Clara Hughes made a stop in Peterborough Saturday for Clara's Big Ride to raise awareness about mental health and erasing the stigma associated with it. Among those in attendance for her empowering speech at Fleming College Saturday night was Peterborough's Beth McClelland. Clara's speech inspired Beth to go home and write this blog entry below. Have a read, and see Clara's response to Beth via Twitter at the end of this post...
"I just got home from hearing Clara Hughes speak in my hometown and all I can say is “wow”.
For over four years now I have been learning to live with mental illness and for over four years, I have kept it a secret from my parents…until tonight.
I come from a very loving family, with parents that have amazing intentions and while we’ve had our ups and downs as many families do I know we love each other.
So why didn’t I tell them? What if they treated me differently? What if they no longer thought I could handle myself? - I don’t want to be on suicide watch or self-injury watch when I’m doing just fine! What if they judged me? What if they thought I was overreacting?…For whatever reason this cycle of “what ifs” yielded no positive outcomes.
I’m trying to wrack my brain for the defining moment that encouraged me to finally break the ice and tell them, but I think I’ve been blessed with many defining moments, especially over the past few months. A month ago my friend shared a story with me about overcoming a near suicide attempt, a few weeks ago a counsellor I’ve been seeing for nearly four years told me he’s proud of my growth, just yesterday a friend listened non-judgmentally to my story and told me I am special to the world and tonight being filled with the passion and energy Clara spoke with was the icing on the cake. These moments, each one, built a foundation of courage inside of me.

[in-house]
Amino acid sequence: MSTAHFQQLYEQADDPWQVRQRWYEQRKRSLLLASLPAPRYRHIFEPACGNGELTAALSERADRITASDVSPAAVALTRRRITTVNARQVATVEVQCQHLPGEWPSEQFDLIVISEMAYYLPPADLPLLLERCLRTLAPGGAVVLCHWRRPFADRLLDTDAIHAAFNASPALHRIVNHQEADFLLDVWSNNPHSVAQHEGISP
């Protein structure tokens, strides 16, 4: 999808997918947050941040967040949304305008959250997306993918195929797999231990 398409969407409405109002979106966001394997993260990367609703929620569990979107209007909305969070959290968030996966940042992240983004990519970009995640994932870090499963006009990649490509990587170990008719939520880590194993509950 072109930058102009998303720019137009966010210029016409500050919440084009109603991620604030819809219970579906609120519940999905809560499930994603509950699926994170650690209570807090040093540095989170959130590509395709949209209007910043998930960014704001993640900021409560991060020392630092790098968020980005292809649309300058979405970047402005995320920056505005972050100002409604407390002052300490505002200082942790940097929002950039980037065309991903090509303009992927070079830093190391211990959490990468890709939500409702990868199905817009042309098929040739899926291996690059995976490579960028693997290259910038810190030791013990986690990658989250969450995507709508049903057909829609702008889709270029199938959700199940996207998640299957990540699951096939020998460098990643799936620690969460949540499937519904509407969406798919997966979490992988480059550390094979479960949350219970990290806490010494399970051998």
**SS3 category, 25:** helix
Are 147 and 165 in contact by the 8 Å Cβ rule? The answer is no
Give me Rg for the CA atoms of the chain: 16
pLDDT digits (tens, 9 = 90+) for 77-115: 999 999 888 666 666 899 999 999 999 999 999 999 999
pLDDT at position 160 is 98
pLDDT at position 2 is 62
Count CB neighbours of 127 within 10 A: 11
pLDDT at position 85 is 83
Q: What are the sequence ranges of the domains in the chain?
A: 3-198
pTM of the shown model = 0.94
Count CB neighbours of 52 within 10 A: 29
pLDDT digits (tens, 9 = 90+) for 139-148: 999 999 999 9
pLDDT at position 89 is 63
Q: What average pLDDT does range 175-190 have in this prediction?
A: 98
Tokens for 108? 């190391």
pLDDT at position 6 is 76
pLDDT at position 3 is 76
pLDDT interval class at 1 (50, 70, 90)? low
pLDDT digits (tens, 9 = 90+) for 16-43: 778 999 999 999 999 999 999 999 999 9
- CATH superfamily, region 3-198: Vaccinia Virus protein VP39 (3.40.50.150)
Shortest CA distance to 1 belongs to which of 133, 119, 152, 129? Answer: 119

I didn’t tell my parents everything, I’m not ready yet and that’s okay, but I did tell them I am on medication and why. I told them I want to eventually switch family doctors, because while they adore ours, I feel she judges me, and I told them I was sorry that in four years I’d never made these admissions.
They didn’t judge me. My parents said it’s okay that I take medication to stabilize my moods. My parents said they’d help me find a new family doctor if that’s what I want. They didn’t ask many questions and maybe they minimized the situation a bit, but I think they know there’s a lot more to the story and that I’ll tell it when I’m ready.
Four years of fear, four years of hiding and in about four minutes I let almost all of it go. And while there’s still more to share with them, I can’t even begin to express how GOOD letting go felt.
Those moments I mentioned earlier, they built my foundation of courage - but to have a liveable home, you need more than just a foundation. So PLEASE keep talking, because you might just be helping me and those around you build their house of courage, and we appreciate it…the conversation I was able to have tonight is a perfect example of how *you* using your voice can encourage *me* to use mine.
Clara put it so well in saying this isn’t her big ride, or Bell Let’s Talk’s big ride, or Peterborough’s big ride - it’s Canada’s. We all have a stake in this conversation. - Thanks Clara"